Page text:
Then Maria showed me a series of plaster sculptures. They are casts of plates with food in them, all white, presented as an installation.
KS: Are these readymade plates or did you make them?
ME: I made them, together with the food remains on them. They’re casts. This is a collaboration I did with Maria Georgoula, and they were made at a time when I worked a lot with plaster.
Now I’ll show you more recent things. This is the original pattern of the work I did for Dio Horia Contemporary Art Platform in 2016. It’s a broken spider web that has been photocopied again and again until only a few lines are visible. In general, I don’t use Photoshop at all. All this might seem unconnected to the rest of my work, but what always interested me is basically that which remains, and how the passing of time destroys certain things. So what I found interesting in this particular work is that I used a web that was destroyed by the elements.
KS: One can also find spider webs in the corners of houses, abandoned houses... So it’s still related.
ME: At first glance they’re perhaps very different in terms of aesthetic, but I’ll try to explain the concept because it’s a bit complicated. So this work was first made for an exhibition I did at Remap festival, which was called Binary. What I did was basically take the original photo of the spider web, destroy it, turn it into black and white and cut it in pieces. The I used the black and white images to write something in binary code on the wall.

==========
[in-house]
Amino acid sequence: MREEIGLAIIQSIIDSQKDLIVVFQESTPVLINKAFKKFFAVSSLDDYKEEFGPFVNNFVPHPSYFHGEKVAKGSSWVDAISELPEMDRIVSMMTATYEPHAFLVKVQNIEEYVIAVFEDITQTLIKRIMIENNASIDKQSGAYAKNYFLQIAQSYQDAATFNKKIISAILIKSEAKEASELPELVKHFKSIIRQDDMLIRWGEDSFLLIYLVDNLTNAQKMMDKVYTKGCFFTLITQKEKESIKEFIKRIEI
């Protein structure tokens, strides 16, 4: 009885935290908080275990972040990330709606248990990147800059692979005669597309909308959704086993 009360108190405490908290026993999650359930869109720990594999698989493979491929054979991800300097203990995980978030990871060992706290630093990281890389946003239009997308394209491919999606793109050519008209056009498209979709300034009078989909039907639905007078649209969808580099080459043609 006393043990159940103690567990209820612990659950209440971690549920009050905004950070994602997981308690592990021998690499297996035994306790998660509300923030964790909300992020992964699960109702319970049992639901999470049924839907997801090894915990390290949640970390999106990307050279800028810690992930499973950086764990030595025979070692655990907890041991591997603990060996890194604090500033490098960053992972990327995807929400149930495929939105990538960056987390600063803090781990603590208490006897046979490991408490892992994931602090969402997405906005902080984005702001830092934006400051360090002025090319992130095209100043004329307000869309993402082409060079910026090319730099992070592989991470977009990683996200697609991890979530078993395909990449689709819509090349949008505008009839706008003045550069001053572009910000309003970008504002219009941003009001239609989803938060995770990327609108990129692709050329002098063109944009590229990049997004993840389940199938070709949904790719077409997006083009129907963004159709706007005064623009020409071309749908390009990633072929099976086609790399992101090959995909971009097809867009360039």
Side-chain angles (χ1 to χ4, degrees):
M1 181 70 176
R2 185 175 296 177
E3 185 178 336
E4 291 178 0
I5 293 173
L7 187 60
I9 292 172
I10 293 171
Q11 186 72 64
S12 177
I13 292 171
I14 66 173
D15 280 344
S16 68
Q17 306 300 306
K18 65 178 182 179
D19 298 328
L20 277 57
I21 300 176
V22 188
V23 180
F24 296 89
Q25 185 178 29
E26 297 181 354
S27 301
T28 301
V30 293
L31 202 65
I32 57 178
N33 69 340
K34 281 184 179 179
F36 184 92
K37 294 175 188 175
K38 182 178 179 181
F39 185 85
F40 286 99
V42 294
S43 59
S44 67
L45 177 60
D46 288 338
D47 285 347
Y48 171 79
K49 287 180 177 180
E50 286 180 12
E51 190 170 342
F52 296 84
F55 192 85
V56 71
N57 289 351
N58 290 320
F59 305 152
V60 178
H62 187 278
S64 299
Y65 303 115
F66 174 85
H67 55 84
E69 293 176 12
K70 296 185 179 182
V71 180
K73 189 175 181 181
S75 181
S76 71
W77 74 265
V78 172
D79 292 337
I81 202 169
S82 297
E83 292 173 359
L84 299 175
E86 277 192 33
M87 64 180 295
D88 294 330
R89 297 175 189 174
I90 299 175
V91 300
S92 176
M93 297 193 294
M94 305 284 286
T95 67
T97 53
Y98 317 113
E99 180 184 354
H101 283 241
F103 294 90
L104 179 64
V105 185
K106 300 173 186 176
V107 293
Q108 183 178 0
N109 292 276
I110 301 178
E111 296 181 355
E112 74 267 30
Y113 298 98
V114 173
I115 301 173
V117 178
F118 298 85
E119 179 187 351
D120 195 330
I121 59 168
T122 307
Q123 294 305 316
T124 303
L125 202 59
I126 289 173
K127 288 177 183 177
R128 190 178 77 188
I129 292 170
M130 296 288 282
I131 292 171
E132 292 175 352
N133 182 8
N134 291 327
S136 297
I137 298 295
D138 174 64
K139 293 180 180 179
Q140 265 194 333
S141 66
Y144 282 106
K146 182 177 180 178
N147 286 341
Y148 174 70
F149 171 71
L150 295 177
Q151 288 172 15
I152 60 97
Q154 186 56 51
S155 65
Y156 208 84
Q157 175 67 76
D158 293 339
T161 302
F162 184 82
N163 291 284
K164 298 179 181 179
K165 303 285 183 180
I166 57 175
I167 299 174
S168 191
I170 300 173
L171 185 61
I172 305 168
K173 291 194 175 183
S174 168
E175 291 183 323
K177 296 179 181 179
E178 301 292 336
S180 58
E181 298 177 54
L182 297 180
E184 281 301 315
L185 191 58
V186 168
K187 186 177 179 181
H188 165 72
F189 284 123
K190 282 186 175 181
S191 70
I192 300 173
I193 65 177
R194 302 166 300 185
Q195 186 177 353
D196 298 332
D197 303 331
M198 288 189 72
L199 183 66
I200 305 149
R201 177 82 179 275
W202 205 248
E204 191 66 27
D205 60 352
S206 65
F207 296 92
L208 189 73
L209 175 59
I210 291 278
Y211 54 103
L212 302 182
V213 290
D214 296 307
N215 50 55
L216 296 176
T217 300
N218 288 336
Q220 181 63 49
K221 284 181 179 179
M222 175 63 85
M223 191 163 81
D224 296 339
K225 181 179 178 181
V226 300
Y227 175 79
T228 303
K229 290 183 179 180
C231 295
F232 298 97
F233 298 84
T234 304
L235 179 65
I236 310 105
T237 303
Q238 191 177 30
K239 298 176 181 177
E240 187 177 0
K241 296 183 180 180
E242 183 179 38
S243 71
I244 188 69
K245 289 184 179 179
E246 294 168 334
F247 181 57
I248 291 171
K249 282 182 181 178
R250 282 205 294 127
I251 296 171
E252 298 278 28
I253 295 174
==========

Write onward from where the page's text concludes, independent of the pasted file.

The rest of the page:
KS: Zeros and ones you mean.
ME: Yes, but I don’t remember if the blacks are the zeroes or the other way round.
KS: And what does it say?
ME: Well, I tried to write the work “degradation”. Which is a word that describes this whole process. But while placing them on the wall I did a mistake somewhere and it didn’t write that exactly...
KS: So the overall composition has nothing to do with how it looks.
ME: No, not at all.
KS: It’s strictly based on this code. You just write a word and this is just the visual result of that writing.